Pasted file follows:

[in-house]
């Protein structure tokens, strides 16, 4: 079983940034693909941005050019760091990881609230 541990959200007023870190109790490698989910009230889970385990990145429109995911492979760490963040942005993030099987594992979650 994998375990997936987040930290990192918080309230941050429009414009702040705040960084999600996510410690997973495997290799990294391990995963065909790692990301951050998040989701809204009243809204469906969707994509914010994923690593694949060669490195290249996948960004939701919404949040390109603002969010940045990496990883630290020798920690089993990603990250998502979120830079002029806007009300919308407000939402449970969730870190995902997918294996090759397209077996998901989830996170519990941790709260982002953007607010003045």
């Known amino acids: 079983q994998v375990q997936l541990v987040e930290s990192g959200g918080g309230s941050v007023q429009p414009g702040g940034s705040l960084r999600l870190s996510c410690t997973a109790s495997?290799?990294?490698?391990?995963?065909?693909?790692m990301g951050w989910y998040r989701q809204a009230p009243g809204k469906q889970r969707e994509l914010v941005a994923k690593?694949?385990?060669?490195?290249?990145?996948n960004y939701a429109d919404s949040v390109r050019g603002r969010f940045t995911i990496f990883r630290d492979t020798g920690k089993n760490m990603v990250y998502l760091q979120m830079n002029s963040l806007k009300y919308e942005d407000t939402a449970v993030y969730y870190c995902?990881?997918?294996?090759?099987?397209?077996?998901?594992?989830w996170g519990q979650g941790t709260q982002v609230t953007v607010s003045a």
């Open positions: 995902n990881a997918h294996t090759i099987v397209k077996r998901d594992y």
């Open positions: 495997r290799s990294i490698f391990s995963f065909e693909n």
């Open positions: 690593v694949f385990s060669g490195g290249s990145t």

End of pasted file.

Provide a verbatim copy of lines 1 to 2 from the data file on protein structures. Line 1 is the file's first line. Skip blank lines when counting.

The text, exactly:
[in-house]
């Protein structure tokens, strides 16, 4: 079983940034693909941005050019760091990881609230 541990959200007023870190109790490698989910009230889970385990990145429109995911492979760490963040942005993030099987594992979650 994998375990997936987040930290990192918080309230941050429009414009702040705040960084999600996510410690997973495997290799990294391990995963065909790692990301951050998040989701809204009243809204469906969707994509914010994923690593694949060669490195290249996948960004939701919404949040390109603002969010940045990496990883630290020798920690089993990603990250998502979120830079002029806007009300919308407000939402449970969730870190995902997918294996090759397209077996998901989830996170519990941790709260982002953007607010003045």